As the test is being ordered, ask the patient how they prefer to hear the results — in person, phone or email. My suggestion is that, if this is a new condition to the patient or the patient is new to you, deliver the results in person. After that, phone or email is fine, as long as the patient prefers this.
When delivering the news, make sure to have the results report in front of you and provide basic information about the findings, size of tumor(s), location, etc. Give the patient an idea of what cancer in these locations mean in terms of treatment, symptoms, etc.
Do not give survival statistics to the patient. Ever. After my own diagnosis, an oncologist stated that how a patient does is dependent on the biology of the tumor and the biology of the person who has that tumor. I looked up the statistics after leaving the oncologist office, but I had gotten the message that every metastatic patient is unique before viewing those numbers. And the oncologist’s message gave me hope, which is a key element in living with cancer. Do not take away that hope.
At same time, do not tell the patient that metastatic cancer is a chronic condition. It is not. Cancer will most likely kill that patient. A small, but increasing, percentage of metastatic cancer patients live for many years. Most don't. False hope only provides a higher place to fall from when the cancer does what it will, and that may end in a dangerous depression for the patient.
Deliver the news with kindness.
"The scans show that the cancer has spread. Here are the treatments available. There are several more treatments being developed. Patients have lived for years with this type of cancer. Every case is different."
Stick to the reality of the situation at that point. Do not speculate about what may or may not happen: ascites, pleural effusion, death-bed scenes. Follow this rule at every point during the treatment. If the symptoms haven’t appeared yet, do not delve into them. Letting patients know about possible side effects for a treatment being discussed is helpful, but not when a patient is first being informed of test results. See the comment about hope. Looking down the road towards suffering and death is another way to take away a patient’s hope.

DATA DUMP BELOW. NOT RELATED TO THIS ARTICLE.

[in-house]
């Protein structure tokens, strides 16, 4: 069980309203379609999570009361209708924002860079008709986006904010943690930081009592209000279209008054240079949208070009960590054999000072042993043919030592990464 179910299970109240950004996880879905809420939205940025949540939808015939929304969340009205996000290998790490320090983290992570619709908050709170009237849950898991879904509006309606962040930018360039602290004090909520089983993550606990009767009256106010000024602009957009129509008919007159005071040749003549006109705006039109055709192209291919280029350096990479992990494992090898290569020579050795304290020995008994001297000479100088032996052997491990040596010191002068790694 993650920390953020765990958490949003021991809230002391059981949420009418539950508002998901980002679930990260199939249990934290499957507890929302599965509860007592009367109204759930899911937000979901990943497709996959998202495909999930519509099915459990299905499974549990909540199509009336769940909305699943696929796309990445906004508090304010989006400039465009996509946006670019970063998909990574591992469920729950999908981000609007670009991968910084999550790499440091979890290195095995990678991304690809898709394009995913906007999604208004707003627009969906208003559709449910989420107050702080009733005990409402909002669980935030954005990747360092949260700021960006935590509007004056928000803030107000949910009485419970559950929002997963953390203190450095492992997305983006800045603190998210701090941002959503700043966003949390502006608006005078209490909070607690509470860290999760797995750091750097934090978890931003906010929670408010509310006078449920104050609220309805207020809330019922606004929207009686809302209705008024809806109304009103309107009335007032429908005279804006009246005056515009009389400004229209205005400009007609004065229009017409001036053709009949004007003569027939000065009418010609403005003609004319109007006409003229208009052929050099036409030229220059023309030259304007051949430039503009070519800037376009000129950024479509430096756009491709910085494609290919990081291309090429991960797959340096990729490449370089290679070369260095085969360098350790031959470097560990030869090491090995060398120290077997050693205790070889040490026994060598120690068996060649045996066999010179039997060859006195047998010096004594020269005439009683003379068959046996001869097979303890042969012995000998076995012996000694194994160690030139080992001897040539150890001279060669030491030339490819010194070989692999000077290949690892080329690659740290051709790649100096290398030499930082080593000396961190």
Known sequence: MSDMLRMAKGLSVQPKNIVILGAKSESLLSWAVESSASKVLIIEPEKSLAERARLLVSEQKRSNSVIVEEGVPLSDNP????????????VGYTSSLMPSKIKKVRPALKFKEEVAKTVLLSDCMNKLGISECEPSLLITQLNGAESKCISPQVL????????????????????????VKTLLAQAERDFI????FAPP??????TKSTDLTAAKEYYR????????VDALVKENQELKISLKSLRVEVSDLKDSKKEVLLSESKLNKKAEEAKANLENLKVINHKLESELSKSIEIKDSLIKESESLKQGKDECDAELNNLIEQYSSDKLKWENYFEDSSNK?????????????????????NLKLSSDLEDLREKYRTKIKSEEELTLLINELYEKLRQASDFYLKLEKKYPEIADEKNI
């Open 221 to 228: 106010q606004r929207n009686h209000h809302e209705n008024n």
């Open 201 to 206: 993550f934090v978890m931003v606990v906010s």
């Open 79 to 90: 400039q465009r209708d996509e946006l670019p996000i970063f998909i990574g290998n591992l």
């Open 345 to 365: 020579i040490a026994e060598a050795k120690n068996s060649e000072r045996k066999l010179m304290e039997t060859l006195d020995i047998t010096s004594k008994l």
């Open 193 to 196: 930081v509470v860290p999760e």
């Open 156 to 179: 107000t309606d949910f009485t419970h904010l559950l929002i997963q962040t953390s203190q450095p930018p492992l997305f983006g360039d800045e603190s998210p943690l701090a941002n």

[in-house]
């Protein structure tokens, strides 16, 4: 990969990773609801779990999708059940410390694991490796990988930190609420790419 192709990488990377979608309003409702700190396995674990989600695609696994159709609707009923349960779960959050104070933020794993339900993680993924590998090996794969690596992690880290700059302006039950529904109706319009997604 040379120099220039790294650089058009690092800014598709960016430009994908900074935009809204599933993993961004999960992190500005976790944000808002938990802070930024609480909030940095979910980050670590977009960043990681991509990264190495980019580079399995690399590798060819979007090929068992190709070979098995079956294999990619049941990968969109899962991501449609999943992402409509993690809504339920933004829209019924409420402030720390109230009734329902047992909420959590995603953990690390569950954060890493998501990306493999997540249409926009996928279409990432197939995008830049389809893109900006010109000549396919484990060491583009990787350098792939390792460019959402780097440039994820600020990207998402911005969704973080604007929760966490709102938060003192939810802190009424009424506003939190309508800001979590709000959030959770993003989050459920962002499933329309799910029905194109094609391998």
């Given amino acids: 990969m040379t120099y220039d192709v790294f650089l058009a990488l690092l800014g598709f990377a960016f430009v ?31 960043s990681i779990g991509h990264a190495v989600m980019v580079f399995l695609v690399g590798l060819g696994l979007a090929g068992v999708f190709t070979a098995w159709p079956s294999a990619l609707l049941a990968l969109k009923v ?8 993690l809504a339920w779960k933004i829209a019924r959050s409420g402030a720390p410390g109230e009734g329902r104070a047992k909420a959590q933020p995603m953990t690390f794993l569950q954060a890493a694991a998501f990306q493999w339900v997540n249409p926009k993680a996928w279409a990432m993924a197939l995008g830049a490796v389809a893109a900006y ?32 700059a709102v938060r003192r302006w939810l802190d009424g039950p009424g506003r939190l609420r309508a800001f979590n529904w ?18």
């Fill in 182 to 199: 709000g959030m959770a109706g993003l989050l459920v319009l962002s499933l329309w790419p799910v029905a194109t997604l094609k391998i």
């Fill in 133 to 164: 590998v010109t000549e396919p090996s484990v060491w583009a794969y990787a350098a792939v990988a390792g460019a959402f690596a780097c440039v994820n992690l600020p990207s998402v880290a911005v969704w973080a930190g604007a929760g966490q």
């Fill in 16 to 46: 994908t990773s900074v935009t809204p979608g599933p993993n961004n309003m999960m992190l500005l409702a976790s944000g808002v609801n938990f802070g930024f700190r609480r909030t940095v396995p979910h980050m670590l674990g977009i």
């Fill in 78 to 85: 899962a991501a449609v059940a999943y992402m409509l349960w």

With side effects of treatment in mind, ask the patient about their treatment goals and priorities. I've heard mothers of young children say that they are willing to deal with any side effect just so they can stay alive for their children. For me, my focus is on quality of life. Five months of weekly Taxol disabled me and took away all of my quality of life. I am determined to stay only on targeted therapies in order to preserve that quality of life. I also believe in the right to die and want this option available so that I am not forced to live my final days in a constant state of suffering. Each patient has different priorities and goals. Ask about them.
Finally, ask the patient how they want to receive test results going forward. For me, receiving basic results via email is good. I prefer to receive more detailed results by phone — I just want to know the results. The key is in how the news is delivered. As I wrote, informing the patient with kindness, giving details about the findings and providing a plan going forward are the key.
Although everyone has their preference in how they want to receive test results, I thought it would be helpful to give some basic guidelines, based on my experience of receiving test results. To all the patients out there: Chime in about your preference via comments. Here’s a chance to let the incredible medical teams who are helping us know about how you’d like to be informed.